Peterson Is 'Stoic,' Parents Tell PEOPLE

Peterson Is 'Stoic,' Parents Tell PEOPLE
Jackie and Lee Peterson
Kimberly White/REUTERS/Landov

updated 06/03/2004 at 02:00 PM EDT

originally published 06/03/2004 02:00PM

In their first interview about the events of the past year, double-murder suspect Scott Peterson's mother, Jackie, tells PEOPLE that she and husband Lee are "standing beside him 200 percent."

Speaking from their suburban home near San Diego, Peterson's parents voiced support for their son, as did Scott's sister-in-law Janey, half sister Susan Caudillo and half brothers Joe and John.

Jackie Peterson calls her son "stoic," a trait, she says, runs in the family.

"How many (of us) have you seen sobbing on national television?" asks Janey. "You have six siblings here, six different personalities, and all of us have coped in a different way. So for anyone to sit there and say, 'Scott's not behaving like he should be for having a missing pregnant wife' – there's no textbook for that."

In the trial that began this week, prosecutors allege that Peterson, who is also charged with the murder of his unborn son Conner, killed his eight-months-pregnant wife Laci, 27, in their Modesto, Calif., home because he was having an affair with his mistress Amber Frey, then drove Laci's body nearly 100 miles to San Francisco Bay and dumped it from his small boat.

The whole family corresponds with Scott nearly daily, and they save up jokes to tell him during weekly prison visits, reports PEOPLE. "You walk in and see his smile," says Jackie, "and you're so glad you came."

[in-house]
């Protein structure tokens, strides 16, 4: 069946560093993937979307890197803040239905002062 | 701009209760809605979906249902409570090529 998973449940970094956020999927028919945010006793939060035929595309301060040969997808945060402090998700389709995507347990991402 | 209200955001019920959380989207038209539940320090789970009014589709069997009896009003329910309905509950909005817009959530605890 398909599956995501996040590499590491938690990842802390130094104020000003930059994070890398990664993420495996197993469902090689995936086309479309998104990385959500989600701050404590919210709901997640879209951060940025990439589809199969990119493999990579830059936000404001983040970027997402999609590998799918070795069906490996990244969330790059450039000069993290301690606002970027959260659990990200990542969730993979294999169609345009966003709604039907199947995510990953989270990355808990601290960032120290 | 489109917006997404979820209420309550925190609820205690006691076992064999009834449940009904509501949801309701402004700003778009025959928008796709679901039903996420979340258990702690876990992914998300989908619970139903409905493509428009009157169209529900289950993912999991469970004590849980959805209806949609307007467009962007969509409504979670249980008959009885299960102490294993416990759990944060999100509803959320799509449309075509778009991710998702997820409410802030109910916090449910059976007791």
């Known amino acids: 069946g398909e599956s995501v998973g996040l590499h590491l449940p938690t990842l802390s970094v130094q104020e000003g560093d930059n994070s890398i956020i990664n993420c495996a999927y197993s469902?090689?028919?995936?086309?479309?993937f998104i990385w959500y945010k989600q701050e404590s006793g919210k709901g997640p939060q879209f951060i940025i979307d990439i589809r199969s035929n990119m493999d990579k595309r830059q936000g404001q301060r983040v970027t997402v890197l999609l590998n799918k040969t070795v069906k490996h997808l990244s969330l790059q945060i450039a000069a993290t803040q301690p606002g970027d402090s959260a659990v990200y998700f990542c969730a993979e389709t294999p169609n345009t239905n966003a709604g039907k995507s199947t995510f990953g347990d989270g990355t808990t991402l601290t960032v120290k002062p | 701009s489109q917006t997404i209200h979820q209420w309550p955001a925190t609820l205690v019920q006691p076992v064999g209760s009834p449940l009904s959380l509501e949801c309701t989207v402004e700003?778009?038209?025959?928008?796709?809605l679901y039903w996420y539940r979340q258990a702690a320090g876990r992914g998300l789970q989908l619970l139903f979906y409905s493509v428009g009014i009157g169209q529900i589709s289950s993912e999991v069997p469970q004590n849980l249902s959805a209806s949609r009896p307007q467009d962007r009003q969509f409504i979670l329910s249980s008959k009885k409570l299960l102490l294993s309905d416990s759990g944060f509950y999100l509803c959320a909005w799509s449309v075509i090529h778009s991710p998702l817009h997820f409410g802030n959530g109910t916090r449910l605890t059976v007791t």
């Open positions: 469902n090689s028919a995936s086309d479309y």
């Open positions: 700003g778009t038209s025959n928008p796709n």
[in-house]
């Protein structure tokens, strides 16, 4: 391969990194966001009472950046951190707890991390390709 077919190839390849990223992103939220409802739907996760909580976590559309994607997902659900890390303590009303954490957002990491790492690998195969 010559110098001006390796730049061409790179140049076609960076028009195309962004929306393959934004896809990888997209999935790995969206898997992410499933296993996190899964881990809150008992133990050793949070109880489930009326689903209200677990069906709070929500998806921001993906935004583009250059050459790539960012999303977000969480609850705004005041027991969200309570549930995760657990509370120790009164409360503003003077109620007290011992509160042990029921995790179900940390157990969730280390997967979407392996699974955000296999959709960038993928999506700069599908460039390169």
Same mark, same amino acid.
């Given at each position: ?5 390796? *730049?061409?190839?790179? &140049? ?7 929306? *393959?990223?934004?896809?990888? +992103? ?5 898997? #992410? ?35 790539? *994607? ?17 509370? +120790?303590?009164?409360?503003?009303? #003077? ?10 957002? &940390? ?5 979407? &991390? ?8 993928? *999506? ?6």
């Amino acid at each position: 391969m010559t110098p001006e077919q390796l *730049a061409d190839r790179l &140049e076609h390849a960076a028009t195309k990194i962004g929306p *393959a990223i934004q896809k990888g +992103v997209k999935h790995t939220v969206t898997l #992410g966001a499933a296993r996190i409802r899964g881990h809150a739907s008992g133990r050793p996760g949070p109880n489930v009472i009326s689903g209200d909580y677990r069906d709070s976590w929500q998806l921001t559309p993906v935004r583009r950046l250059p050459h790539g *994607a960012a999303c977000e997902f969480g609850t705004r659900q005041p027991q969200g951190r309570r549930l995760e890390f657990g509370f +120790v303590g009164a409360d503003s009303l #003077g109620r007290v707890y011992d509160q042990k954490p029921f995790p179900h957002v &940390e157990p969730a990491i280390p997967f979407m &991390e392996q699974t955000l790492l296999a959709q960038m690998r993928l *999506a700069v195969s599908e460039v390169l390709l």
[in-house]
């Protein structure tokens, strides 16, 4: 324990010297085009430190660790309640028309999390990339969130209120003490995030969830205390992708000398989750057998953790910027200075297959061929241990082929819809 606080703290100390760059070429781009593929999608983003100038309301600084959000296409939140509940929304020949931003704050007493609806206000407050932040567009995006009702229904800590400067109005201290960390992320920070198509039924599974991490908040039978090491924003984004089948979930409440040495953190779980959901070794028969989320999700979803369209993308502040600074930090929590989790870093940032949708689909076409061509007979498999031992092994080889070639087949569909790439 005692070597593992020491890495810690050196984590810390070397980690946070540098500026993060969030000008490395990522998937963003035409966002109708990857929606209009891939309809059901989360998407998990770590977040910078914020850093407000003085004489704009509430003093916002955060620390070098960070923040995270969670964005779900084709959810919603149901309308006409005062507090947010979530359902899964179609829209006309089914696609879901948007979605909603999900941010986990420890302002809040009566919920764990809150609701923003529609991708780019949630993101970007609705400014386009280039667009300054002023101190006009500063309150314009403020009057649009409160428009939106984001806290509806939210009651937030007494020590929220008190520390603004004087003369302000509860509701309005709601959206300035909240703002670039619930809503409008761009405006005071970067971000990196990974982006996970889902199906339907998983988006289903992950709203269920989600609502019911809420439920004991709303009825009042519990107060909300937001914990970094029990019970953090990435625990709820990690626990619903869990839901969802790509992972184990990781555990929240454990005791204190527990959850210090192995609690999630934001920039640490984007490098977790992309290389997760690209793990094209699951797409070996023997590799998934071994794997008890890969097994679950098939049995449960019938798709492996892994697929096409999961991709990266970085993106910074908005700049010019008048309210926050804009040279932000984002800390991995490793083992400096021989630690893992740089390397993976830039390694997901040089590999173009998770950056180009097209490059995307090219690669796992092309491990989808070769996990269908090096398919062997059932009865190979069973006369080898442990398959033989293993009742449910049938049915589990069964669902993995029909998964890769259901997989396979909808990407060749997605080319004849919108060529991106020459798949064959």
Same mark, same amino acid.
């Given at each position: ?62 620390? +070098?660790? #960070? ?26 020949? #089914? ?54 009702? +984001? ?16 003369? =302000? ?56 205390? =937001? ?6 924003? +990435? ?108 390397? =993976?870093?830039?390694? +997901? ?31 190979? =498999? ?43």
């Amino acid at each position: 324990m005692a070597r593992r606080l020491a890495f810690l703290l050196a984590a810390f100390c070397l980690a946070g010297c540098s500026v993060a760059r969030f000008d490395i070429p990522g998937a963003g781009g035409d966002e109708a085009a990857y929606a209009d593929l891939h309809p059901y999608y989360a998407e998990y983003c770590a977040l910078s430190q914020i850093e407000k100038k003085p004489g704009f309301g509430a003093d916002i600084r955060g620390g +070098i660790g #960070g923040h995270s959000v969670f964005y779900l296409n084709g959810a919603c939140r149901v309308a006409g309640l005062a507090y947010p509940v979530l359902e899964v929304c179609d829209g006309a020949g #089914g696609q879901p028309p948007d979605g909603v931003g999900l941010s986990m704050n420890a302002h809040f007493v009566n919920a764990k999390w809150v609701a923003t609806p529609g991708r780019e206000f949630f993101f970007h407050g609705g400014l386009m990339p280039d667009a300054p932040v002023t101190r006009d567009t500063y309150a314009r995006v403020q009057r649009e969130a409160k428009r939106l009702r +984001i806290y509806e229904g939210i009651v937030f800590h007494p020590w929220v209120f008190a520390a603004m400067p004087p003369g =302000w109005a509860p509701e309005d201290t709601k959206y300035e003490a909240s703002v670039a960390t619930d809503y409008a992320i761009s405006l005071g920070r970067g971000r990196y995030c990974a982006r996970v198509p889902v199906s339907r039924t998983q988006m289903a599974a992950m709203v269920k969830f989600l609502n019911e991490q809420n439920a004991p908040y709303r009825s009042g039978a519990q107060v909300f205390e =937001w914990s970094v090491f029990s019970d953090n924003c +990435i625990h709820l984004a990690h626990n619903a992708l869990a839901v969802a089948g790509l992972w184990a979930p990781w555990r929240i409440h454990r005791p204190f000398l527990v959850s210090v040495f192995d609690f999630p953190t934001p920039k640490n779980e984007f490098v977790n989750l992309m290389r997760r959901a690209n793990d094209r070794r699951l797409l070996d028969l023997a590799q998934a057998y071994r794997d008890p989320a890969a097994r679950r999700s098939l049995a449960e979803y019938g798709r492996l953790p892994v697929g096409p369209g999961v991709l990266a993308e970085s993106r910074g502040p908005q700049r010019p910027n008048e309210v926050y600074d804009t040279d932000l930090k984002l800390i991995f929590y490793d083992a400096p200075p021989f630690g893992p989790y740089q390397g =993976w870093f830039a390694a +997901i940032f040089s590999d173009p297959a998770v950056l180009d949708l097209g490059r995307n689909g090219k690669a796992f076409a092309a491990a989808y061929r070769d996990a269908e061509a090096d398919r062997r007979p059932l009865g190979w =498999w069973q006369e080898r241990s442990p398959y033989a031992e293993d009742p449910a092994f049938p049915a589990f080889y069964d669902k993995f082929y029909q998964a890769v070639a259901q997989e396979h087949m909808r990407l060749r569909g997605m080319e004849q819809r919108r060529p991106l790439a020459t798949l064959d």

Fighting on behalf of their son is also taking a financial toll on the family. They won't talk about how much they are paying attorney Mark Geragos, except to say that he isn't doing it pro bono. It is widely believed his fee for the case is around $1 million.

Lee and Jackie last year sold their mountain cabin to raise money, and they, along with all the siblings, have taken out second mortgages on their homes. The clan has also run through much of their collective savings.

"Money doesn't matter," says Janey matter-of-factly. "We'll sell the farm, we'll sell every car we own. If we end up living on a plot of land in tents and trailers, so be it. We're just going to do whatever it takes."

Says Janey: "we will get through this. There are bad days and very difficult things, make no mistake, but with each one, we have found a way to cope." But most important, she adds, "the victims here are Conner and Laci, not us."

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